Then we come to specific teaching related to forgiveness in the New Testament. Matthew 6, the disciples' prayer: "…forgive us our debts as we forgive our debtors." It points out that the believer is not only to go to God for the forgiveness of sins, but just as we go to God for forgiveness we need to also forgive others. That is restated by our Lord when He said: "For if you forgive men their trespasses, your heavenly Father will also forgive you, and if you don't, He won't." What that is talking about is that if you continue to harbour grudges, hostility, anger, resentment against somebody, then when you confess sin if you are at the same time still involved in mental attitude sins you are not going to get back in fellowship. It takes time, as we have seen in the process that Joseph goes through. The Old Testament example is Joseph, the New Testament example is Christ on the cross. When Jesus Christ was on the cross and had been tortured by the Roman soldiers, beaten, whipped, and ridiculed, He was able to look at those men and pray, "Father forgive them because they don't know what they are doing." Those are the two core models in Scripture for what forgiveness is all about. When Jesus is on the cross he has made Himself vulnerable to the abuse of the Roman soldiers because he understands that God's plan and purpose for His life is of such a magnitude that He is to put Himself in that position and go to the cross and be abused. Think of the apostle Paul, as Paul is a missionary going to all of these various cities, and want happens? In 2 Corinthians chapter 12 he gives this grocery list of how many times he was beaten, how many times he was thrown in jail, how many times he was abused, how many times he was left for dead, etc. If we apply human viewpoint rationale, which is based on an understanding of our own self-importance, that we shouldn't be treated poorly and in an inappropriate manner, then we are going to last five seconds in terms of Christian ministry and in terms of Christian service. Because as soon as we go into any kind of mode where we are going to serve the Lord the whole cosmic system and the angelic conflict is just going to paint a target on our rear end and everything is going to come after us. So we say, 'I don't deserve this' and slip right over into arrogance. Paul never does that, he recognizes that as long as we are there to serve the Lord there is that higher goal, higher purpose that mitigates all other circumstances.


In another dimension, in another realm we go back to Joseph because Joseph's situation is what fits the framework of what many of us deal with when we have to face the fact that there are people we work with who stab us in the back, that there are people that are friends and family that do things that hurt us; everything from extreme cases of sexual and physical abuse to just treating us without respect, minimizing us, diminishing the contribution that we have, all these kinds of things. Then we have to analyse how far we are going to trust them. So we saw those two different aspects with Joseph. He had forgiven his brothers, he let it go, he wasn't holding it against them. He is not controlled by any mental attitude sin, its gone. But he knows who he is dealing with, so he has common sense and recognizes that he can't trust himself to untrustworthy people. Before he can reveal who he is to his own family he needs to find out if they have got past their resentment and their hostility, jealousy, small-mindedness and self-absorption. So he takes them through all these various steps and tests to see if they are worthy of trust. That is where we need to be. It is using wisdom in relationships. On the one hand you have forgiveness that says you are not going to let what that person did to you control my present mental attitude. Why should I let them get me out of fellowship? Why should I let them cause me to not apply doctrine and to mess up my whole life by matching sin with sin? So what we have to do is let it go. It is in the past, it doesn't matter what they have done. Leave it in the hands of the Supreme Court of heaven. God is not going to let us watch what He does, that is what the faith-rest drill is all about. We are going to trust God so that the reality of God's justice is more real to us than our lack of experience in witnessing it.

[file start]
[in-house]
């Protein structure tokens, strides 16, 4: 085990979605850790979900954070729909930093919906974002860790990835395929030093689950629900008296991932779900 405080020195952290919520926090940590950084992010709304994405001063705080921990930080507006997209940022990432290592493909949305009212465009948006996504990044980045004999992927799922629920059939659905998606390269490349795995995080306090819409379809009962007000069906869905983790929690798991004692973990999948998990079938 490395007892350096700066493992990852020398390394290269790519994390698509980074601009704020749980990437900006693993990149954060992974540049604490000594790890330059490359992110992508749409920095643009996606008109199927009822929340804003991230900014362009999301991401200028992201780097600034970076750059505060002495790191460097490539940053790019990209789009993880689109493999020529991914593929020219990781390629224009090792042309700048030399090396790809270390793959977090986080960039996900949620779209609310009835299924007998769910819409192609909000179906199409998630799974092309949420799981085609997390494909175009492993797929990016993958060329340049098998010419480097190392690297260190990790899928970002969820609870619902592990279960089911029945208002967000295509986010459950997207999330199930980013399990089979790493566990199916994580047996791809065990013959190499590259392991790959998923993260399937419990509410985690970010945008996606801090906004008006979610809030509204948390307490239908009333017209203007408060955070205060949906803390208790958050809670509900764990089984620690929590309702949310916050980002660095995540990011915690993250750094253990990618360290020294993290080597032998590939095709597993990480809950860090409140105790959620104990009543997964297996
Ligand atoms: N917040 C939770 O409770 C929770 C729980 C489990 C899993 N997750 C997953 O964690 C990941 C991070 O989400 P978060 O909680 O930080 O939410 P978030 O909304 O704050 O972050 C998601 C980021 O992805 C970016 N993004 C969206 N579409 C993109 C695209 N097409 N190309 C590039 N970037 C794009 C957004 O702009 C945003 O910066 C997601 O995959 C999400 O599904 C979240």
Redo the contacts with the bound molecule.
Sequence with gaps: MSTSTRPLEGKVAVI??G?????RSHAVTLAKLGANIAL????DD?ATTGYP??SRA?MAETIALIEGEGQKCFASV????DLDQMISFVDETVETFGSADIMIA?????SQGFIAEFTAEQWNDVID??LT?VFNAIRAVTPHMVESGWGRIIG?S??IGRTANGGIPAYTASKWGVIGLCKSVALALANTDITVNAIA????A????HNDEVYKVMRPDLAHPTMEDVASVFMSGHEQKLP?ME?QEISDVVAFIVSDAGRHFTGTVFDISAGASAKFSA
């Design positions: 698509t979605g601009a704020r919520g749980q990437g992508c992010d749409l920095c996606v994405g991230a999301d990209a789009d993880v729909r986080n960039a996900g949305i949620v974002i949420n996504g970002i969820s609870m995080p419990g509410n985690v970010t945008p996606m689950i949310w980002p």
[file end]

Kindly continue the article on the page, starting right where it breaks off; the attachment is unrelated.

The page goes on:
Forgiveness is related to grace orientation. Ephesians 4:32 is almost always translated this way: "Be kind to one another, tender hearted, forgiving one another just as God in Christ has forgave you" – except the word there translated "forgave" is not APHIEMI, it is the verb CHARIZOMAI [xarizomai] from the root CHARIS [xarij], the noun for grace. It emphasizes graciousness. This word is used a number of times in the New Testament and it is translated "forgiveness" because that is the sense. It is to deal with somebody on the basis of grace. Be kind to them. Do they deserve your kindness? No, but the more someone doesn't deserve our kindness the more we should be kind to them, the more that we should treat them in a manner where we are dealing with them in goodness, in gentleness, with mercy. Because the standard is to deal with them in grace just as God dealt with us in grace. He never dealt with us on the basis of what we deserved. God deals with on the basis of who He is and what Christ did no the cross. That is the model.